Plasticity is amazing. If we look at Albert, we see his verbal skills increase because of experience and then increase again due to training. On the other hand, we see his processing speed increase due to experience and use but then decrease due to focused effort. This is what plasticity is. It is about being able to change and adapt to the demands of the world you are placed in.
As we mentioned earlier, people aren't the same. Inter-individual differences are measurable differences between people. Even someone who is very similar to you in many ways can have a drastically different intelligence. Even if you have the same intelligence, as measured by an IQ test, you may possess different frames of understanding and different specialties.
Albert has been through a lot and has shown a particular knack when it comes to numbers. We could even describe him as above average. His employee, Beatrice, is not so great with numbers but is amazingly quick when it comes to processing information. Albert's other employee, Charles, is below average, with trouble managing simple tasks and instructions.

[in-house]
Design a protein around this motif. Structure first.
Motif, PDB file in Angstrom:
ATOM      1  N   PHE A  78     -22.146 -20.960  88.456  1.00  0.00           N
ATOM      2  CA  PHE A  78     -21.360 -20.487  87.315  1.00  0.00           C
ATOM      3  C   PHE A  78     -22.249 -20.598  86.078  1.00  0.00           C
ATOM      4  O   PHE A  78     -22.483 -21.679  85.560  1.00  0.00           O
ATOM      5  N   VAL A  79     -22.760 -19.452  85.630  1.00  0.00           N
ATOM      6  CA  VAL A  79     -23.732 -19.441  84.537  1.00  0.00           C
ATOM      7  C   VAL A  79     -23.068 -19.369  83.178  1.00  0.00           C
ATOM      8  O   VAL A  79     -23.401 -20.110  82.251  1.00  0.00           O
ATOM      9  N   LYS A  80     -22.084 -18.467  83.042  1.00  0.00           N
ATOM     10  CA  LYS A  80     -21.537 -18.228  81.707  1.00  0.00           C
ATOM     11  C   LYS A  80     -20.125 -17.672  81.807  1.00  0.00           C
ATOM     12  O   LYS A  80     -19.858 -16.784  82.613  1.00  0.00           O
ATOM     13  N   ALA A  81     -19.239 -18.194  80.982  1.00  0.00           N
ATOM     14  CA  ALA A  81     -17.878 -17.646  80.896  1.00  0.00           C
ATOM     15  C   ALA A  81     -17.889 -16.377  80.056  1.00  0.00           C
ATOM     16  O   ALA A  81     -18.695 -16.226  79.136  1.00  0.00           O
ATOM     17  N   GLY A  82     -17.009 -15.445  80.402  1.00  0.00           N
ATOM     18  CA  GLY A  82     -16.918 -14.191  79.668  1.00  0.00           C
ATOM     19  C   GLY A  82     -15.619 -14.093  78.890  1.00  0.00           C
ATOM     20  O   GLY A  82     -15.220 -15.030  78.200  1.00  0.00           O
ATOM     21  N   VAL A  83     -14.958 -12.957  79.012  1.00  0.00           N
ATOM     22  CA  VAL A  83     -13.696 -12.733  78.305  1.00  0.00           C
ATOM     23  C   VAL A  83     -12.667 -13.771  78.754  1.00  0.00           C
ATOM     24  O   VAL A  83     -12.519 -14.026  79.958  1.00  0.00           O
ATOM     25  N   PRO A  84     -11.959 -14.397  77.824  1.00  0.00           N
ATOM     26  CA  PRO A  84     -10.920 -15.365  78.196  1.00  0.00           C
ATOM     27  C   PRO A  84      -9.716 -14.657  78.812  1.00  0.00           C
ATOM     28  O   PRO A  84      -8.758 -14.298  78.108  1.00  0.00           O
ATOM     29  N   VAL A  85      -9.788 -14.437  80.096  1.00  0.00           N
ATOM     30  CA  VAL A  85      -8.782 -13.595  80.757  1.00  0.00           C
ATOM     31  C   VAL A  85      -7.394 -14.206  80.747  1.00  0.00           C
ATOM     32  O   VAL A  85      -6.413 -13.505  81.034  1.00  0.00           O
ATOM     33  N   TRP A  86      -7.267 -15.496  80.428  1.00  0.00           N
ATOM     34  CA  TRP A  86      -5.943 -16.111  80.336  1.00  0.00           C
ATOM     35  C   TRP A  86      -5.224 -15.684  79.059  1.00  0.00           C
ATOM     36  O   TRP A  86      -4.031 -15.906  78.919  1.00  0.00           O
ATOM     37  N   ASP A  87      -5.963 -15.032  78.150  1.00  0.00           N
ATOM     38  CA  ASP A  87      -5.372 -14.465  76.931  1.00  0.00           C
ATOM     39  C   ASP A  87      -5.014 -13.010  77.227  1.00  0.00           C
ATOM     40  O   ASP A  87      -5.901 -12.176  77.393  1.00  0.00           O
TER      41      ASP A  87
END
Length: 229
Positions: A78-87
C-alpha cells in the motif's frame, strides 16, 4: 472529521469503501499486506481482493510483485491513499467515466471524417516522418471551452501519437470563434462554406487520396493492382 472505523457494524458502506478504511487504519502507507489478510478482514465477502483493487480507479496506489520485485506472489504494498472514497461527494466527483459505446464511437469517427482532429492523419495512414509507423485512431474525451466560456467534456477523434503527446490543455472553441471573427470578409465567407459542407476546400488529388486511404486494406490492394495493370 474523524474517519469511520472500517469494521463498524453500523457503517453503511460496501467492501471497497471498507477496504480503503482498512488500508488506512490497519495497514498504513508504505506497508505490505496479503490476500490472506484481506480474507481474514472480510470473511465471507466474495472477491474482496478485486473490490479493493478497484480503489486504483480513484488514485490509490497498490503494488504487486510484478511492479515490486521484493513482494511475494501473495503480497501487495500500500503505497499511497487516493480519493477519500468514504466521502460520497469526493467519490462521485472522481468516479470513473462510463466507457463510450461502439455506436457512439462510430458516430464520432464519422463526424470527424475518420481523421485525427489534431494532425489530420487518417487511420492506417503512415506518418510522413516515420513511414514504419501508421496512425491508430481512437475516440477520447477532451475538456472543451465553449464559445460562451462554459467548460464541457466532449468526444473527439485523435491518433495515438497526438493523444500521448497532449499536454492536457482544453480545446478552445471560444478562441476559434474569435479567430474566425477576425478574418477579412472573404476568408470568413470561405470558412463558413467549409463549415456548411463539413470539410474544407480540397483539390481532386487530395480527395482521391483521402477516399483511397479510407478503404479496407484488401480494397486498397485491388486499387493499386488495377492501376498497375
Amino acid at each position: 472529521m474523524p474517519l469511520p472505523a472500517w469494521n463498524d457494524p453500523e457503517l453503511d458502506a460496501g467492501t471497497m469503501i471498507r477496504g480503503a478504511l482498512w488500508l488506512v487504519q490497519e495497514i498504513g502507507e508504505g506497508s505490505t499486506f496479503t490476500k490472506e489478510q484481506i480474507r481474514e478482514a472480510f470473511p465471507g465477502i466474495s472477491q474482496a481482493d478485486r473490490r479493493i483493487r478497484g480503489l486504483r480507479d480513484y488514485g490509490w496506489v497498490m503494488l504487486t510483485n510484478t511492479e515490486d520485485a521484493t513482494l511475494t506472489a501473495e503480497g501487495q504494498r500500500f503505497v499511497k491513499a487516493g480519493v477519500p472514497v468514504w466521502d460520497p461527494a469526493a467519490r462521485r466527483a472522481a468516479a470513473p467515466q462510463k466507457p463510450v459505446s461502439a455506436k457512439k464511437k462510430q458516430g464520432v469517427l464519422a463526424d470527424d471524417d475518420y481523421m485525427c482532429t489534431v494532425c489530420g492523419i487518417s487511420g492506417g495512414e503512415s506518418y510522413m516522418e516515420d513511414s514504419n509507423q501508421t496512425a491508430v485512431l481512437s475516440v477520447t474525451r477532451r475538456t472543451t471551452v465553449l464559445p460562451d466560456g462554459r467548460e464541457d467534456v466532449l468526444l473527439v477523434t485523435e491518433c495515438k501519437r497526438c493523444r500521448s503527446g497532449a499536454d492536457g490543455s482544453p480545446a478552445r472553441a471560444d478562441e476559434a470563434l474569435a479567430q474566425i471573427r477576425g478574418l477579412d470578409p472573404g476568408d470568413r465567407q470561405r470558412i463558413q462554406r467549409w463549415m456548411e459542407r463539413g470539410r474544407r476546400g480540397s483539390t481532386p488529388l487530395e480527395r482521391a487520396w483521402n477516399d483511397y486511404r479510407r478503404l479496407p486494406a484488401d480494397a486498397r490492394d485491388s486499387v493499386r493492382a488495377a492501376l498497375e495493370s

Intelligence is defined as an innate ability to learn and retain information to deal with problems or situations. Research has looked into several aspects of it, including multidimensionality, multidirectional changes, plasticity and inter-individual differences. Multidimensional is intelligence consisting of different aspects derived from experiential, environmental and genetic influences. Multidirectional change is defined as different cognitive dimensions will alter, over time, independently or dependently of each other. Plasticity is malleable and adaptive cognitive abilities, and inter-individual differences are measurable differences between people.
Upon completing this lesson, you should be able to:
- Describe a broad definition of intelligence
- Explain four aspects of intelligence that can change over time